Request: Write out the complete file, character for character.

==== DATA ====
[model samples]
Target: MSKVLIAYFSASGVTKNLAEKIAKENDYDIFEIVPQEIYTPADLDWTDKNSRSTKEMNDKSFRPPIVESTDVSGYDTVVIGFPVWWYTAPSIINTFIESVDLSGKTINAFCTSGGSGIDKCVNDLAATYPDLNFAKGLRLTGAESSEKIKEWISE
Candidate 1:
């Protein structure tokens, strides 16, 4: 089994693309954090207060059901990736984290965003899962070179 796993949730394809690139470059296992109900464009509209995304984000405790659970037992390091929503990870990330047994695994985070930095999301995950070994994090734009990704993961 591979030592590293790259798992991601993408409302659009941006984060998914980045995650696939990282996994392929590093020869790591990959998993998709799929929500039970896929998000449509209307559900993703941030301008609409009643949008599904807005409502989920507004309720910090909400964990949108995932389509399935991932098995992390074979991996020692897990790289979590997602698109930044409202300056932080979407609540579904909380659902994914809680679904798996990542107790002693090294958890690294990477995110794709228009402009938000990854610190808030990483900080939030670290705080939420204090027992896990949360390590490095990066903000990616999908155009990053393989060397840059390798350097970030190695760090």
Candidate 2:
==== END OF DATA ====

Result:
[model samples]
Target: MSKVLIAYFSASGVTKNLAEKIAKENDYDIFEIVPQEIYTPADLDWTDKNSRSTKEMNDKSFRPPIVESTDVSGYDTVVIGFPVWWYTAPSIINTFIESVDLSGKTINAFCTSGGSGIDKCVNDLAATYPDLNFAKGLRLTGAESSEKIKEWISE
Candidate 1:
């Protein structure tokens, strides 16, 4: 089994693309954090207060059901990736984290965003899962070179 796993949730394809690139470059296992109900464009509209995304984000405790659970037992390091929503990870990330047994695994985070930095999301995950070994994090734009990704993961 591979030592590293790259798992991601993408409302659009941006984060998914980045995650696939990282996994392929590093020869790591990959998993998709799929929500039970896929998000449509209307559900993703941030301008609409009643949008599904807005409502989920507004309720910090909400964990949108995932389509399935991932098995992390074979991996020692897990790289979590997602698109930044409202300056932080979407609540579904909380659902994914809680679904798996990542107790002693090294958890690294990477995110794709228009402009938000990854610190808030990483900080939030670290705080939420204090027992896990949360390590490095990066903000990616999908155009990053393989060397840059390798350097970030190695760090």
Candidate 2: